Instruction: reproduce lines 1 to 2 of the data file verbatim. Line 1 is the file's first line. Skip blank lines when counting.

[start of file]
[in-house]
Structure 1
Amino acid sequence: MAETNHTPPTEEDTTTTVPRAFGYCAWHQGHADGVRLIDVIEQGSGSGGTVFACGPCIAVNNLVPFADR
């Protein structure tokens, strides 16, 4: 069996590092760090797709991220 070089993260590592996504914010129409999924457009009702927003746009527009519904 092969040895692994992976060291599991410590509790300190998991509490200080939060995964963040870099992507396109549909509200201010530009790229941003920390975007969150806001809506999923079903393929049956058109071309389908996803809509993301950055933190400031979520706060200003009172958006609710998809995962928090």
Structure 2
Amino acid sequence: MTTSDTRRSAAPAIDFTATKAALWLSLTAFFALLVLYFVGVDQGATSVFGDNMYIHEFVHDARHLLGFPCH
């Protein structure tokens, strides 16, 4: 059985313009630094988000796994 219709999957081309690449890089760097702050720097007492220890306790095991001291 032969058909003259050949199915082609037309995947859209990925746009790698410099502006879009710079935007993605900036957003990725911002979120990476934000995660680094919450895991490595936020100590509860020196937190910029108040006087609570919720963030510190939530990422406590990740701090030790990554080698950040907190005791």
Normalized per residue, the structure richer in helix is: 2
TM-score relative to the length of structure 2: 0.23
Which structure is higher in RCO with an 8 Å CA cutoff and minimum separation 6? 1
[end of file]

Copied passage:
[in-house]
Structure 1